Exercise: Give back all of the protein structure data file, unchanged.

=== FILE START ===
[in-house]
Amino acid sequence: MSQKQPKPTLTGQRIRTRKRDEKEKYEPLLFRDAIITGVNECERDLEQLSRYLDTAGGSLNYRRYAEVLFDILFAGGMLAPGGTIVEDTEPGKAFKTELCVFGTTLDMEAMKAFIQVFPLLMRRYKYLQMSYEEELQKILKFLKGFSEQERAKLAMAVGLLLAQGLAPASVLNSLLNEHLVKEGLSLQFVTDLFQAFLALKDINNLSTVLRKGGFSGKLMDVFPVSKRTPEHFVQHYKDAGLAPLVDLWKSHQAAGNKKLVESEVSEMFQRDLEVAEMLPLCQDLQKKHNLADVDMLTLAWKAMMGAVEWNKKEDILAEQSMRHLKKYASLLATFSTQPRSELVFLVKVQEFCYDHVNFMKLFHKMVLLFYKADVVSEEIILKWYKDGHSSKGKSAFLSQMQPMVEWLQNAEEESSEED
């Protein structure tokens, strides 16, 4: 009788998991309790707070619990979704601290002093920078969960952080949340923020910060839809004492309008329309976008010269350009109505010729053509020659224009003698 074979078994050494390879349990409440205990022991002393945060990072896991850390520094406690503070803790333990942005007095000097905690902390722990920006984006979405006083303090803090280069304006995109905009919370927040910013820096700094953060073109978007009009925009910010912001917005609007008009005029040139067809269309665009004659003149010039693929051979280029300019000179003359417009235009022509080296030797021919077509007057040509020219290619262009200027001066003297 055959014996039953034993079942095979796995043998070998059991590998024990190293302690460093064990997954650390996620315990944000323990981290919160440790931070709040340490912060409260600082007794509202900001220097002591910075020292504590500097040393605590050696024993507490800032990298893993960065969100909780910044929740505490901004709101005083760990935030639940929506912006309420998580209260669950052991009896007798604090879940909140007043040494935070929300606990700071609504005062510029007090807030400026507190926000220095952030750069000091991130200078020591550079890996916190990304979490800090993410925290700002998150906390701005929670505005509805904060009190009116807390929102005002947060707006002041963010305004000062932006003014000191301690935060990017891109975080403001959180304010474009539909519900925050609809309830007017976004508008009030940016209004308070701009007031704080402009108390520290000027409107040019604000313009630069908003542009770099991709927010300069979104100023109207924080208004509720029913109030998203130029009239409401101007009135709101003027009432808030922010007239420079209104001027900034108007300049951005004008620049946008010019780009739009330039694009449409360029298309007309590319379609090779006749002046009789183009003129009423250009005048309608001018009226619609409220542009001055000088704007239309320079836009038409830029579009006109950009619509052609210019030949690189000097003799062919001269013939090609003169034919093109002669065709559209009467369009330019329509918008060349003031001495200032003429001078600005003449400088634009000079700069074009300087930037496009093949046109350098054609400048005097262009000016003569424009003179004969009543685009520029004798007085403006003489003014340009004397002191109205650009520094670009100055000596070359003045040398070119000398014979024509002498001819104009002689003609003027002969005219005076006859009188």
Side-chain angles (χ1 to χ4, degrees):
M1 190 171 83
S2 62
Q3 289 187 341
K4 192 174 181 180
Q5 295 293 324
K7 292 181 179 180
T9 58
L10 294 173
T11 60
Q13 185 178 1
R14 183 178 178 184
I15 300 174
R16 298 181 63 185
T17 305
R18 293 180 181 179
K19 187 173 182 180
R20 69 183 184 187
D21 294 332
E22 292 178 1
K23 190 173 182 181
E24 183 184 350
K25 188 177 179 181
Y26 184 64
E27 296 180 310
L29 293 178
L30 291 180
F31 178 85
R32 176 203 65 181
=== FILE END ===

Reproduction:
[in-house]
Amino acid sequence: MSQKQPKPTLTGQRIRTRKRDEKEKYEPLLFRDAIITGVNECERDLEQLSRYLDTAGGSLNYRRYAEVLFDILFAGGMLAPGGTIVEDTEPGKAFKTELCVFGTTLDMEAMKAFIQVFPLLMRRYKYLQMSYEEELQKILKFLKGFSEQERAKLAMAVGLLLAQGLAPASVLNSLLNEHLVKEGLSLQFVTDLFQAFLALKDINNLSTVLRKGGFSGKLMDVFPVSKRTPEHFVQHYKDAGLAPLVDLWKSHQAAGNKKLVESEVSEMFQRDLEVAEMLPLCQDLQKKHNLADVDMLTLAWKAMMGAVEWNKKEDILAEQSMRHLKKYASLLATFSTQPRSELVFLVKVQEFCYDHVNFMKLFHKMVLLFYKADVVSEEIILKWYKDGHSSKGKSAFLSQMQPMVEWLQNAEEESSEED
């Protein structure tokens, strides 16, 4: 009788998991309790707070619990979704601290002093920078969960952080949340923020910060839809004492309008329309976008010269350009109505010729053509020659224009003698 074979078994050494390879349990409440205990022991002393945060990072896991850390520094406690503070803790333990942005007095000097905690902390722990920006984006979405006083303090803090280069304006995109905009919370927040910013820096700094953060073109978007009009925009910010912001917005609007008009005029040139067809269309665009004659003149010039693929051979280029300019000179003359417009235009022509080296030797021919077509007057040509020219290619262009200027001066003297 055959014996039953034993079942095979796995043998070998059991590998024990190293302690460093064990997954650390996620315990944000323990981290919160440790931070709040340490912060409260600082007794509202900001220097002591910075020292504590500097040393605590050696024993507490800032990298893993960065969100909780910044929740505490901004709101005083760990935030639940929506912006309420998580209260669950052991009896007798604090879940909140007043040494935070929300606990700071609504005062510029007090807030400026507190926000220095952030750069000091991130200078020591550079890996916190990304979490800090993410925290700002998150906390701005929670505005509805904060009190009116807390929102005002947060707006002041963010305004000062932006003014000191301690935060990017891109975080403001959180304010474009539909519900925050609809309830007017976004508008009030940016209004308070701009007031704080402009108390520290000027409107040019604000313009630069908003542009770099991709927010300069979104100023109207924080208004509720029913109030998203130029009239409401101007009135709101003027009432808030922010007239420079209104001027900034108007300049951005004008620049946008010019780009739009330039694009449409360029298309007309590319379609090779006749002046009789183009003129009423250009005048309608001018009226619609409220542009001055000088704007239309320079836009038409830029579009006109950009619509052609210019030949690189000097003799062919001269013939090609003169034919093109002669065709559209009467369009330019329509918008060349003031001495200032003429001078600005003449400088634009000079700069074009300087930037496009093949046109350098054609400048005097262009000016003569424009003179004969009543685009520029004798007085403006003489003014340009004397002191109205650009520094670009100055000596070359003045040398070119000398014979024509002498001819104009002689003609003027002969005219005076006859009188």
Side-chain angles (χ1 to χ4, degrees):
M1 190 171 83
S2 62
Q3 289 187 341
K4 192 174 181 180
Q5 295 293 324
K7 292 181 179 180
T9 58
L10 294 173
T11 60
Q13 185 178 1
R14 183 178 178 184
I15 300 174
R16 298 181 63 185
T17 305
R18 293 180 181 179
K19 187 173 182 180
R20 69 183 184 187
D21 294 332
E22 292 178 1
K23 190 173 182 181
E24 183 184 350
K25 188 177 179 181
Y26 184 64
E27 296 180 310
L29 293 178
L30 291 180
F31 178 85
R32 176 203 65 181